The Congressional Budget Office has estimated that the implementation of the Department of Veterans Affairs Accountability and Whistleblower Protection Act of 2017 would increase costs by $3 million over the next five years.
A CBO report published Friday stated that the legislation would impact direct spending over the 2017-2027 period but the effects would not be significant and the bill would not affect revenues.
Enacting bill would not raise net direct spending or on-budget deficits in the four consecutive 10-year periods beginning in 2028, according to the report.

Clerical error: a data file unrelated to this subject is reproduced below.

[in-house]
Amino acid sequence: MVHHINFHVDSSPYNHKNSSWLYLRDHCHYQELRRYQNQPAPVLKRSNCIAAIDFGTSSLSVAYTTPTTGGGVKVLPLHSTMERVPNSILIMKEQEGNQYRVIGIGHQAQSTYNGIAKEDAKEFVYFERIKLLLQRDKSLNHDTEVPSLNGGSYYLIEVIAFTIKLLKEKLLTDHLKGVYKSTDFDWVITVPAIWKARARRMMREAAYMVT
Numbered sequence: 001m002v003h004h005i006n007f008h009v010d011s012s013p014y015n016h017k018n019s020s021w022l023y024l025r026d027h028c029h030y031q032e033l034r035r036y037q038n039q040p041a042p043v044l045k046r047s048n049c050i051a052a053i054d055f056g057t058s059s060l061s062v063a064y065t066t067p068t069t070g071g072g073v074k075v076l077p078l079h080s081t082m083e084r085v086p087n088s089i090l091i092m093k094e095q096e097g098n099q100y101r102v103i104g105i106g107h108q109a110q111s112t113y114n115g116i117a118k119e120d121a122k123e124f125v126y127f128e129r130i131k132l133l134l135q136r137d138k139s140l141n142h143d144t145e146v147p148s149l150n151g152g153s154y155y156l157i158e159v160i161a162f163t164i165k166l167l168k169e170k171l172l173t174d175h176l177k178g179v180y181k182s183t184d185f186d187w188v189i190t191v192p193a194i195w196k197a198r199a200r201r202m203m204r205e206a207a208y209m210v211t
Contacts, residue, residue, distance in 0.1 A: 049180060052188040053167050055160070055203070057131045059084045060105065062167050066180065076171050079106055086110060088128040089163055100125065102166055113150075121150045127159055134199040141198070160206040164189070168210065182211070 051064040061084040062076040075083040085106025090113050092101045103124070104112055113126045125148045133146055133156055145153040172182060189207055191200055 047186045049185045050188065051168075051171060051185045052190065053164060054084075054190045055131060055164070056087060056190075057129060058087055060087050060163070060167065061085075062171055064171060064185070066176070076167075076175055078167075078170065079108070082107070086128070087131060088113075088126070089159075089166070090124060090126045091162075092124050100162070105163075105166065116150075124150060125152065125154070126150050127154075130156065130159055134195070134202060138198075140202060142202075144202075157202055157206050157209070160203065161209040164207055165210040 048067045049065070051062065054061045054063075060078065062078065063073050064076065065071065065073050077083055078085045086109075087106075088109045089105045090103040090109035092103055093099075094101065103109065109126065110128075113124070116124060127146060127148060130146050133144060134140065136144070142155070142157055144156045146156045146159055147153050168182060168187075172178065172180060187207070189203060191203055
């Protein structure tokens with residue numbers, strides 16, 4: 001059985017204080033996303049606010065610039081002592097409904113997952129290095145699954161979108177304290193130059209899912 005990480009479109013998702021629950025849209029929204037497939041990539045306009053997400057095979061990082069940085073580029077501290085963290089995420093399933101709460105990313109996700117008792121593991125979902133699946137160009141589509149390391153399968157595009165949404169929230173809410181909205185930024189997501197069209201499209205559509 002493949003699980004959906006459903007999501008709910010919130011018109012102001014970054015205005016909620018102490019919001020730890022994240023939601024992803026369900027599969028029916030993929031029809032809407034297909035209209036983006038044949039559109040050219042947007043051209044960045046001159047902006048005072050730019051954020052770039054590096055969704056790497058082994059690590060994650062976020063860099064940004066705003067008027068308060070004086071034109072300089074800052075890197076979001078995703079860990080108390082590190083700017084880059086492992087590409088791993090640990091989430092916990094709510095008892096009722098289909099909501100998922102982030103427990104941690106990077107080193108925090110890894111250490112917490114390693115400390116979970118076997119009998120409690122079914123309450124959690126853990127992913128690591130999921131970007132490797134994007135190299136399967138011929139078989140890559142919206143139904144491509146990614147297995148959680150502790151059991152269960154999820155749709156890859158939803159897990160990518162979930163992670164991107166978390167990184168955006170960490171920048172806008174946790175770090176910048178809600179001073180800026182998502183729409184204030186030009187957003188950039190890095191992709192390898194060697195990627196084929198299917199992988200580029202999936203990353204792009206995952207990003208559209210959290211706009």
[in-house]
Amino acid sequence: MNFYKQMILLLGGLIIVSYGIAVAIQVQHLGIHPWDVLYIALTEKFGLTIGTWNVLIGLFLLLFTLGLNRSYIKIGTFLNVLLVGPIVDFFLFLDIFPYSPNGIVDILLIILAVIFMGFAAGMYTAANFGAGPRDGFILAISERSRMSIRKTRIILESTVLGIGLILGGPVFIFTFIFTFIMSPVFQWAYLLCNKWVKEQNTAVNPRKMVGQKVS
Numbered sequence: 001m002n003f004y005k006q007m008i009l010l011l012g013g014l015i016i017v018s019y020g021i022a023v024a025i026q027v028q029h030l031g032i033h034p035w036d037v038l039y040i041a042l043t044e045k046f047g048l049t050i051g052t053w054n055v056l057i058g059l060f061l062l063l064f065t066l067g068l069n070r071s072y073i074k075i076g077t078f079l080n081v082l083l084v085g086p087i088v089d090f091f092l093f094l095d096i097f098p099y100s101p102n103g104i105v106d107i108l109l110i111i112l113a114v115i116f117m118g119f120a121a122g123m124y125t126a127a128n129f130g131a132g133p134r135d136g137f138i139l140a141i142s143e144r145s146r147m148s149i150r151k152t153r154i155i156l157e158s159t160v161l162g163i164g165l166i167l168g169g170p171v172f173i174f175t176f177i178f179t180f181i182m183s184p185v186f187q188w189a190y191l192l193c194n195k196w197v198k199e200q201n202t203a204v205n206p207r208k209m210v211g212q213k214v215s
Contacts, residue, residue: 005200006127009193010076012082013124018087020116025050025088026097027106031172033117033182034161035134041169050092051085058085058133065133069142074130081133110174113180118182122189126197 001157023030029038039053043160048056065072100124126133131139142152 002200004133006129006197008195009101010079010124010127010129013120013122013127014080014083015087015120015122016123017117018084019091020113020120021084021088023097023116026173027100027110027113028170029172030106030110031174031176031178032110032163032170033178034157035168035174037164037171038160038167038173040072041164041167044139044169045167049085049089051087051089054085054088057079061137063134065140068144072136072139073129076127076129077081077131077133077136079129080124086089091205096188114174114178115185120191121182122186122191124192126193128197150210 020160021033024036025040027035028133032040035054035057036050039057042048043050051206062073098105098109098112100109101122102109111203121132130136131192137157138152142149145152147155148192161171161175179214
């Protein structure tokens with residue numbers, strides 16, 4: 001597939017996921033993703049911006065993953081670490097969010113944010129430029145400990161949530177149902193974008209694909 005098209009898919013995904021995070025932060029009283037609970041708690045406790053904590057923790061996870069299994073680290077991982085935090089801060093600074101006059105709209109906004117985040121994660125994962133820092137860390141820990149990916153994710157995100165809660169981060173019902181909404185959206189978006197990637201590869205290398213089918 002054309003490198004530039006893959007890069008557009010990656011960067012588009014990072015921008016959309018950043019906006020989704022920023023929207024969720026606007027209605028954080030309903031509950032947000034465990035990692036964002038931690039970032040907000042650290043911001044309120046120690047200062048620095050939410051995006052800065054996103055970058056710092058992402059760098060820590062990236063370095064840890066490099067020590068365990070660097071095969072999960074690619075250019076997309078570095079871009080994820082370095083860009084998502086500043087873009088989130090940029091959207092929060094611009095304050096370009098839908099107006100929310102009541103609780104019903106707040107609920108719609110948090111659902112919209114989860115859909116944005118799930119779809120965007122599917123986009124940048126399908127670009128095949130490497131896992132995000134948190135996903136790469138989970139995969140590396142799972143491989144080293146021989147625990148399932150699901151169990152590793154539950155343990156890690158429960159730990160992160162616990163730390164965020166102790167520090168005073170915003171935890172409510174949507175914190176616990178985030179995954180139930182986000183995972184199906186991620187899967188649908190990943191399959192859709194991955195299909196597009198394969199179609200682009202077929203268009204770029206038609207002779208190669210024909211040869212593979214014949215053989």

CBO also found that the legislation does not include intergovernmental or private-sector mandates and would not affect state, local or tribal government budgets.
A section of the bill seeks to shorten all stages of the appeals process for actions against VA medical practitioners, which would cost $2 million over the 2018 to 2022 period to cover additional administrative staff, training for medical professionals and medical care for VA patients.
VA would also be required to review and assess the impact of the bill on the department’s senior executive service personnel within two years of enactment — a move that would cost approximately $1 million over five years, CBO reported.
Sections of the bill would authorize VA to retrieve awards, bonuses and relocation expenses paid to employees if determined appropriate, which would reduce personnel costs by less than $500,000 through the 2018-2022 period.
CBO also estimated that it would cost less than $500,000 over a five-year period for VA to conduct various studies as required by the legislation.